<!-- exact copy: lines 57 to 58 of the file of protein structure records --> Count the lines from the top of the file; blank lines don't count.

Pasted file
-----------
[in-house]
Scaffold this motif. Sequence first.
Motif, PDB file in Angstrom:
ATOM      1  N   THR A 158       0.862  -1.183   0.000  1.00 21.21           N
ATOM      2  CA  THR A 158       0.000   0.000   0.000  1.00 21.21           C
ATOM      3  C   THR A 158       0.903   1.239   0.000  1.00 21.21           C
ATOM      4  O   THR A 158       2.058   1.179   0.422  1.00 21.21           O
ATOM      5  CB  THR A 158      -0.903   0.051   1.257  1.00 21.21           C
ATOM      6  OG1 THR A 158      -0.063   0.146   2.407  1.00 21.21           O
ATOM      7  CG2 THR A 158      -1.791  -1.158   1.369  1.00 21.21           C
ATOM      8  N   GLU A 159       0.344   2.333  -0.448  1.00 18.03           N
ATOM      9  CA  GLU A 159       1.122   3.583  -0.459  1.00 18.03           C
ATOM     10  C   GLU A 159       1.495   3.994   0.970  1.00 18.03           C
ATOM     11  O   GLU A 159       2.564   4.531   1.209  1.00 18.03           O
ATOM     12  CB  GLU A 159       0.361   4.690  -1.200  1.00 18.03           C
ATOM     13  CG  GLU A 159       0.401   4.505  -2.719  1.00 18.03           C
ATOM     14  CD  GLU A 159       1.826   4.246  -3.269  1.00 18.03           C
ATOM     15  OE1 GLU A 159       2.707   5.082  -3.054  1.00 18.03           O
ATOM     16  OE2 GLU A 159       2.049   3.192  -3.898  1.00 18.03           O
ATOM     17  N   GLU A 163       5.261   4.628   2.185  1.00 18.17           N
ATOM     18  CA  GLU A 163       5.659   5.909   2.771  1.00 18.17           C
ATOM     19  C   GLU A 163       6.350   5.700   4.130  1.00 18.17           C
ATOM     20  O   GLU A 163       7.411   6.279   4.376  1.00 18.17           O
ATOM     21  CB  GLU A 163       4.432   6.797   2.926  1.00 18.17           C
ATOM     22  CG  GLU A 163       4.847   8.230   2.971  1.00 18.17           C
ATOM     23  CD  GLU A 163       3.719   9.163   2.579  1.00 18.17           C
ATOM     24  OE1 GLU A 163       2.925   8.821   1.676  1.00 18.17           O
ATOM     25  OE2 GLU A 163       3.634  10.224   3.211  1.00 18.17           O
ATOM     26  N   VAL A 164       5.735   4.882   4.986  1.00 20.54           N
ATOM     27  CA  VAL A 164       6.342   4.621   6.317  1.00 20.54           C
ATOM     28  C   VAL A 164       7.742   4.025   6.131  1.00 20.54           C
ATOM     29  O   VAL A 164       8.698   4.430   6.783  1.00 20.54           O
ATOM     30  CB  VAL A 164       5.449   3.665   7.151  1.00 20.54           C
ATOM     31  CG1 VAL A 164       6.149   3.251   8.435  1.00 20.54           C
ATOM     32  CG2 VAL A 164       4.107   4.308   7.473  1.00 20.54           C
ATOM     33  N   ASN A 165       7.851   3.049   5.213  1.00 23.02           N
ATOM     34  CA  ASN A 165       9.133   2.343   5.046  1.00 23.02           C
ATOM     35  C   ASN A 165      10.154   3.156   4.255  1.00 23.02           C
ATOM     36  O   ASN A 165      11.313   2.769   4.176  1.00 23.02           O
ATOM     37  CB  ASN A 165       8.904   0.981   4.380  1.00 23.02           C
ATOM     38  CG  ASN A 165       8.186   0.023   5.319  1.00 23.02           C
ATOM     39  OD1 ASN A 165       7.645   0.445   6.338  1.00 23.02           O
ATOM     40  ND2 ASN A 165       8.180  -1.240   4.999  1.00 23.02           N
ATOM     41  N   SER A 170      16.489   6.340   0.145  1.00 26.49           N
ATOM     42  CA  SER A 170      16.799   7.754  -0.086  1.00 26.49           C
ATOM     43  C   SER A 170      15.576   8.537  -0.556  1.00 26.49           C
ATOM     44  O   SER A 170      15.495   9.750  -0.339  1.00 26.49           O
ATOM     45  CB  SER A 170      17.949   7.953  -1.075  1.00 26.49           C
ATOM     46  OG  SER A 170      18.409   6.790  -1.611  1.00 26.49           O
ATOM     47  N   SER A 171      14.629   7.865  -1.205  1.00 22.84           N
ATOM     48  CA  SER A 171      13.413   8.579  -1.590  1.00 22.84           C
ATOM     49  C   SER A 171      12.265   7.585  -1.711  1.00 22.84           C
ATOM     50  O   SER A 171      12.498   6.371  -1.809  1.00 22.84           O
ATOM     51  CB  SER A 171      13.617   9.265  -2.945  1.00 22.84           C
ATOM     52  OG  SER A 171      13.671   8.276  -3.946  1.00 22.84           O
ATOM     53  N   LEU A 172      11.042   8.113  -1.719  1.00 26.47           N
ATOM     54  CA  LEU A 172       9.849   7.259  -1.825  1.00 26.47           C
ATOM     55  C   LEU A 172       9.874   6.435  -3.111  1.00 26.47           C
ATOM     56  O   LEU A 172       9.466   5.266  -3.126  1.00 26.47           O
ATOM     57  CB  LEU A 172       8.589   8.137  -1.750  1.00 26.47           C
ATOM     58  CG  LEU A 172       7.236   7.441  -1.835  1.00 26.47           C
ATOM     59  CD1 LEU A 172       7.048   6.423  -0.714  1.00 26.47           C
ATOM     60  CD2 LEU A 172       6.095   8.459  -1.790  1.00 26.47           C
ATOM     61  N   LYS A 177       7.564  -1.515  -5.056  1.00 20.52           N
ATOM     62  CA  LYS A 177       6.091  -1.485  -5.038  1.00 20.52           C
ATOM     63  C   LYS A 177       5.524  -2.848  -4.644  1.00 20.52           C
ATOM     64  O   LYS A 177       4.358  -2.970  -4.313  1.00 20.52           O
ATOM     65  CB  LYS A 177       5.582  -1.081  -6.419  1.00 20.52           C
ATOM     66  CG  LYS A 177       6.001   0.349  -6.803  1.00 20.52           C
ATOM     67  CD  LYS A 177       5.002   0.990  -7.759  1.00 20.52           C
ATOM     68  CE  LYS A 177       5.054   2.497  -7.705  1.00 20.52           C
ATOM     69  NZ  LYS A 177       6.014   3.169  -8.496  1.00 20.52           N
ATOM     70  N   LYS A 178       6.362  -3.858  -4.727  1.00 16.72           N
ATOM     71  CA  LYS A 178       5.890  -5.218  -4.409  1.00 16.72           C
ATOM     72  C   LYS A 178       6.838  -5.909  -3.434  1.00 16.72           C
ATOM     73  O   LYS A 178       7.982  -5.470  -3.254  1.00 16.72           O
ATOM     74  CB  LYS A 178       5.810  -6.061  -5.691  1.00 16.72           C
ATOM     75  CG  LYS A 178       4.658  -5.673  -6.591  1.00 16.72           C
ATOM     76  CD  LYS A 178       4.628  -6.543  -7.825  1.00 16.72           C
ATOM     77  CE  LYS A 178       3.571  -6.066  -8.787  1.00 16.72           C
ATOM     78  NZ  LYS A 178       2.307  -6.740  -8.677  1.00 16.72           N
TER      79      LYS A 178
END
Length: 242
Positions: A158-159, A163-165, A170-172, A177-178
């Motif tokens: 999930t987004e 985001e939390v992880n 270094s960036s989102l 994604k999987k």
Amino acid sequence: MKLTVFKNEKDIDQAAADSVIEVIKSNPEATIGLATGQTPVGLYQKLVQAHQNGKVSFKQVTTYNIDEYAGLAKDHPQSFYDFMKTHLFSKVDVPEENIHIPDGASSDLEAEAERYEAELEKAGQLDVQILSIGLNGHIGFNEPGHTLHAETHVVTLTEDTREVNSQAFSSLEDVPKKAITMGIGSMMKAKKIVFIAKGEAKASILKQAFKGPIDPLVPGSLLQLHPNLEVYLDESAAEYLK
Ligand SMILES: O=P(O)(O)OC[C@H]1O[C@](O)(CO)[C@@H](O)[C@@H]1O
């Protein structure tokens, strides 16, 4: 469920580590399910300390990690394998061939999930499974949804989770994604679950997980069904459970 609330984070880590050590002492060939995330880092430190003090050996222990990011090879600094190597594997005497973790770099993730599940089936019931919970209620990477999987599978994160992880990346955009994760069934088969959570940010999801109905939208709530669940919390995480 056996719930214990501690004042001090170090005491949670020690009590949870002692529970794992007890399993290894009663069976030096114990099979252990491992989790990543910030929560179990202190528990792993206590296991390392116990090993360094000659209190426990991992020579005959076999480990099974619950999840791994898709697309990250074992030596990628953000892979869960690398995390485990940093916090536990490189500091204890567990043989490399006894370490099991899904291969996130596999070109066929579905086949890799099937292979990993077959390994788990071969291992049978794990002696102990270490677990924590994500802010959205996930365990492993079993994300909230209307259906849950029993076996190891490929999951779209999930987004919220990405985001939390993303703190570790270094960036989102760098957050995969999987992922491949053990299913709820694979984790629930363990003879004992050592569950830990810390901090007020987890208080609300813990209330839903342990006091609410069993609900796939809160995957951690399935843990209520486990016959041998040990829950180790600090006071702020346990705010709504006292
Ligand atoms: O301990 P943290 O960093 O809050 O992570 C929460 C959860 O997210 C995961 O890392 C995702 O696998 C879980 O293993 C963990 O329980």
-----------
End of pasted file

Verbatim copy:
ATOM     54  CA  LEU A 172       9.849   7.259  -1.825  1.00 26.47           C
ATOM     55  C   LEU A 172       9.874   6.435  -3.111  1.00 26.47           C